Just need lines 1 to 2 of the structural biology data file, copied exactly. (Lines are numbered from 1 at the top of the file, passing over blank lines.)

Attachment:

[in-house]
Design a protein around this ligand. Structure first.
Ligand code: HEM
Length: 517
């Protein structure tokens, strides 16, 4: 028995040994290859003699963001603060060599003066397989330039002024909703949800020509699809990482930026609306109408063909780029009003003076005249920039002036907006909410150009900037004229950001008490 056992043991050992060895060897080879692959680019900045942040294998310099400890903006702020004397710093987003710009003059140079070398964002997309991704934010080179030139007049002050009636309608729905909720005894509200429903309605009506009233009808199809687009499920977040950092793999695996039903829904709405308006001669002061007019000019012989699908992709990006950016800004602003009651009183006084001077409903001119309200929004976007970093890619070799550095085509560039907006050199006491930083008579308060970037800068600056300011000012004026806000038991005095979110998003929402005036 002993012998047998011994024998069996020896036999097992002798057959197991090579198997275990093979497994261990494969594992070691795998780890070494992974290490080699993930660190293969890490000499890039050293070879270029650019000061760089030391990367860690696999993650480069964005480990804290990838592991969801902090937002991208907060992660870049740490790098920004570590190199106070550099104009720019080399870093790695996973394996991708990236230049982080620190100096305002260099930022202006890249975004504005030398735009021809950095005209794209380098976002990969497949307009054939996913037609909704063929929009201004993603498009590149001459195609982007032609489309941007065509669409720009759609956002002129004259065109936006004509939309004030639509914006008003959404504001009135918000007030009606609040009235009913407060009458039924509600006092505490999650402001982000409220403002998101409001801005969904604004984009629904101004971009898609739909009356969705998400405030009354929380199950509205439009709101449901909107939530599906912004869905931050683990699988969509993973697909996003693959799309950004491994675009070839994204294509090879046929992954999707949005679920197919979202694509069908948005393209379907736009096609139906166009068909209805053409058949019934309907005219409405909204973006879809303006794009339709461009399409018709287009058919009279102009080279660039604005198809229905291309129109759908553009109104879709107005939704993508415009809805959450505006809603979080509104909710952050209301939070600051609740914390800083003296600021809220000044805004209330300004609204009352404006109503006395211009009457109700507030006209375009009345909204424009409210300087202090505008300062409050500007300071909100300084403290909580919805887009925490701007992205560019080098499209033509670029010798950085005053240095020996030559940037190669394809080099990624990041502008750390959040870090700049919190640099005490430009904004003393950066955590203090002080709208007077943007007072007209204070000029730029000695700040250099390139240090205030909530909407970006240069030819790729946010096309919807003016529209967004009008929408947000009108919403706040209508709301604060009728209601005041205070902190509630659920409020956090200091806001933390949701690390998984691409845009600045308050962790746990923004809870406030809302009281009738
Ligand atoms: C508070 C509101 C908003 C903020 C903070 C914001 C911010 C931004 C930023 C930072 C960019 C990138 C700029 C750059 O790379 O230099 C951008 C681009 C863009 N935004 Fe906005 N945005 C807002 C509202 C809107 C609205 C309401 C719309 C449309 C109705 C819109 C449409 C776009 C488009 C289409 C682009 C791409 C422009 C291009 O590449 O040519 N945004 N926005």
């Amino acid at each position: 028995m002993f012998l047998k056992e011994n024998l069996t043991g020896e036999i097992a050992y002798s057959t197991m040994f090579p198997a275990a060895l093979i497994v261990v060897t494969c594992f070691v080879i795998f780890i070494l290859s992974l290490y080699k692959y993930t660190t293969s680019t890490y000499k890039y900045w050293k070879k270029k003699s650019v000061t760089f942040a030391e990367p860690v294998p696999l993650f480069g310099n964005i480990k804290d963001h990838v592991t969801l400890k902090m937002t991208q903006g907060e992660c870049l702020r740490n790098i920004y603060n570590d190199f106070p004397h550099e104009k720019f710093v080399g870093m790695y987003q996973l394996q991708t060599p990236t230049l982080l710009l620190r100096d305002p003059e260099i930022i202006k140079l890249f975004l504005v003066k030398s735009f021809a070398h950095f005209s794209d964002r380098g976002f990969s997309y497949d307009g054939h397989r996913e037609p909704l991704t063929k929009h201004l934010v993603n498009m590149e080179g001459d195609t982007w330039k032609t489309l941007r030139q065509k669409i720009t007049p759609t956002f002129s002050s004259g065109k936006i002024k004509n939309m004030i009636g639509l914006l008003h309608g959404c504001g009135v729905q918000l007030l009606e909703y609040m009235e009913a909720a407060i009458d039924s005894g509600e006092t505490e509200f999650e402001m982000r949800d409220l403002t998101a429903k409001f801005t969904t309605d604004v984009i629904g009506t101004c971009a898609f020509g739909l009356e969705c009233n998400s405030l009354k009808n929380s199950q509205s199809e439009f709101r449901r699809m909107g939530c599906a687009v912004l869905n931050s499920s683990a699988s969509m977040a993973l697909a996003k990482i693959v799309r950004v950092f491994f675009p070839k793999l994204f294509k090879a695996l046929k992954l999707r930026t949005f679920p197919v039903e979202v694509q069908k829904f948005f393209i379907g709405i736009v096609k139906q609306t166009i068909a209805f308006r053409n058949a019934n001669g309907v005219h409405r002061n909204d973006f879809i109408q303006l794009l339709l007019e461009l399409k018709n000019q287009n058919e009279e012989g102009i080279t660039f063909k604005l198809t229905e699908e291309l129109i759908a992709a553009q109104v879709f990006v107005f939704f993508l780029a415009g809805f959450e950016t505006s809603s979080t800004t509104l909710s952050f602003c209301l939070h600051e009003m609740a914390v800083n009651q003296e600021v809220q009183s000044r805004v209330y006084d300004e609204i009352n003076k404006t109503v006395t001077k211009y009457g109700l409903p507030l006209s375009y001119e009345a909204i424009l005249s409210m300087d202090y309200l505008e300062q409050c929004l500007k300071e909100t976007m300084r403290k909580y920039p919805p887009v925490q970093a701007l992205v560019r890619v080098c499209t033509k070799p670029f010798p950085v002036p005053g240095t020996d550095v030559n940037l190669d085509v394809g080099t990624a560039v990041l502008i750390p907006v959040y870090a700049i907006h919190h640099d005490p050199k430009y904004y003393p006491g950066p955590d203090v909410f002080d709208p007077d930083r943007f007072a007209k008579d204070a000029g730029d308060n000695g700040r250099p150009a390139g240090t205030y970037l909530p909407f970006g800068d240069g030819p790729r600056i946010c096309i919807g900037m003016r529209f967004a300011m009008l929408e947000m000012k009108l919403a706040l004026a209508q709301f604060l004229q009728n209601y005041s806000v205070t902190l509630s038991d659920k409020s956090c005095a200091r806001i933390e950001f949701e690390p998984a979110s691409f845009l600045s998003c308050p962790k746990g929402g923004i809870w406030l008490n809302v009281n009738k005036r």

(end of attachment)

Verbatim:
[in-house]
Design a protein around this ligand. Structure first.